“If you can’t say something nice. . .”

We’ve all heard that phrase:  “If you can’t say something nice, don’t say anything at all.”  I’ve said it to my own children when they were busily calling each other names or tattling on each other.  But, I have recently realized, that this phrase has taken on a whole different meaning in my life.

My internal voice tells me that nice people never get angry, so there must be something wrong with me when I get irritated, annoyed or mad.  I avoid situations and interactions with others that have made me angry in the past.  Rather than confront the pain/anger, I’ve become very adept at “not seeing” those persons.  I’ve been told that I don’t “do guilt.”  That’s not at all true.  I’ve just learned to hide all my guilty feelings.  If I don’t see them, I don’t have to feel guilty for the way I feel.

This internal voice also tells me that nice people always agree and swallow their own differences for the sake of being nice and preventing others from being irritated, annoyed or mad.  This has been a hard lesson for me.  When I’m asked for my opinion, I usually give it.  Why would anyone ask me if they didn’t really want to know what I thought?  However, the vast majority that ask don’t really want to hear what I have to say.  They expect agreement and support from me.  I’ve been told that I didn’t know enough to have that opinion.  I’ve been told to work things out within myself and “wrap my head around” an issue (meaning come to see “the right” opinion.)  I’ve been threatened in work situations when I didn’t automatically agree.  So, I’m very careful when it comes to being open with my feelings or opinions.  It’s better to be stoic than honest.

My therapist once asked me what kind of animal I felt represented me.  My answer was a possum.  A possum is useful in getting rid of unwanted pests. A mother possum is a fierce protector of her children and carries them around with her.  But, a possum is ugly.  It slinks around in the dark.  When confronted, it plays dead.  But, I want to be a flamingo.  A flamingo is beautiful.  It spends time in the open, eating and just being beautiful. Flamingos are members of a flock, and raise their babies together.  Everyone loves the flamingo.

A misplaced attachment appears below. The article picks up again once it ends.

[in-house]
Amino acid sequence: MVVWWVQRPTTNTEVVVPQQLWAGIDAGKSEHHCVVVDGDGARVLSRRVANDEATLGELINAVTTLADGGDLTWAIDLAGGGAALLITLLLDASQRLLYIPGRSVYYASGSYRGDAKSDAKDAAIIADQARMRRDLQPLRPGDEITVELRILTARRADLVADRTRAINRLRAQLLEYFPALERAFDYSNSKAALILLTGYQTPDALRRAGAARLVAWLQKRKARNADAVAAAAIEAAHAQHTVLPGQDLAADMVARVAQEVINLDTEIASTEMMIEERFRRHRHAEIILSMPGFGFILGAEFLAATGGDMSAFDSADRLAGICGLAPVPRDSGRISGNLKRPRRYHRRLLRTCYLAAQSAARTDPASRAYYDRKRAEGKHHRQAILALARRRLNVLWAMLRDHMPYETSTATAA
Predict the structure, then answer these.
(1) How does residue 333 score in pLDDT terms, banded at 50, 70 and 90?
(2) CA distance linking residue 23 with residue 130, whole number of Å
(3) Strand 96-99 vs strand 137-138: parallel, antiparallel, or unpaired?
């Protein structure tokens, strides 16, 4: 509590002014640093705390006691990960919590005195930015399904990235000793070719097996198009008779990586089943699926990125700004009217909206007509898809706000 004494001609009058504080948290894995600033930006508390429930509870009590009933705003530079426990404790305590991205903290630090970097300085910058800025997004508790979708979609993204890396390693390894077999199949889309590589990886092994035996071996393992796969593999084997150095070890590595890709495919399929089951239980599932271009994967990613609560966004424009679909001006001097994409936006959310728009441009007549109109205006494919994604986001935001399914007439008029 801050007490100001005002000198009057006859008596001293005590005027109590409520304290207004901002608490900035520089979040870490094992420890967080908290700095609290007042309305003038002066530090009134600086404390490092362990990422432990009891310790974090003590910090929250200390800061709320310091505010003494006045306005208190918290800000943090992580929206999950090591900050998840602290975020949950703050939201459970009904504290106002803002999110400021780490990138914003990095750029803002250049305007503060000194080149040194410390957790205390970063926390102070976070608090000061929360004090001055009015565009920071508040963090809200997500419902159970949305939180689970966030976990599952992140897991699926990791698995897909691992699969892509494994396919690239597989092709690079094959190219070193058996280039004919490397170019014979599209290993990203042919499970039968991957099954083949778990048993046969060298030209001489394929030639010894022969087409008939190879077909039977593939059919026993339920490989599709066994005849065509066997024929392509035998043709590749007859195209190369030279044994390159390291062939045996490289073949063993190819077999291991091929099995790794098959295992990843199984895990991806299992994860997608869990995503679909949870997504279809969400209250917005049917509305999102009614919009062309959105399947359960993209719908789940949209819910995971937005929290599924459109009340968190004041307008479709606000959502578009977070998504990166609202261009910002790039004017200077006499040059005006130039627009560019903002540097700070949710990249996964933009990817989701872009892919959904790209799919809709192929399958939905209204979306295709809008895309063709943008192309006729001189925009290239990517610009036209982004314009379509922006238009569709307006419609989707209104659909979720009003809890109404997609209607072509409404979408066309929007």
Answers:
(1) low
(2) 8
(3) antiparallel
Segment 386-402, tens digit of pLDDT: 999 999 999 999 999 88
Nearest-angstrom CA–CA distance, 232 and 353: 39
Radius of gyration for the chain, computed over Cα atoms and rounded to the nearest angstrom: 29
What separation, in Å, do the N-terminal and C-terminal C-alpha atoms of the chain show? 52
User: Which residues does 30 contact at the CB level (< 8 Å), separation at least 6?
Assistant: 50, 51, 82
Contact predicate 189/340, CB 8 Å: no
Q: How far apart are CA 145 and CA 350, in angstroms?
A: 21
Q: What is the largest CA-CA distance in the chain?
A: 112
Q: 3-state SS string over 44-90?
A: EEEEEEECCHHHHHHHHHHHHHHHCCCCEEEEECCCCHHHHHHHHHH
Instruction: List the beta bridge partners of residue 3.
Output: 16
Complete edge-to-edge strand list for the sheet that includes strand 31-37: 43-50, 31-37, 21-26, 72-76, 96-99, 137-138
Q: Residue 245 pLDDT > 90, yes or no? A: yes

I recently read a devotional taken from Joyce Meyer’s book, “Battlefield of the Mind” that said:  “We should choose our thoughts carefully. We can think about what is wrong with our lives or about what is right with them. We can think about what is wrong with all the people we are in relationship with or we can see the good and meditate on that. The Bible teaches us to always believe the best. When we do that, it makes our own lives happier and more peaceful.”

I am attempting to rewrite my internal messages.  I don’t think anyone should purposely hurt or offend others.  Name calling is a childish behavior and should be avoided.  I do, however, need to be honest.  And being honest about my hurts and my feelings may not feel nice to others.   I may not do some things in order to keep the peace or because it’s the expected thing to do.   I may still avoid situations and interactions with others to avoid unnecessary confrontations.  And, I refuse to feel guilty for putting my husband and children as a priority in my life.  I will live my life to the fullest and stop worrying about the approval of others.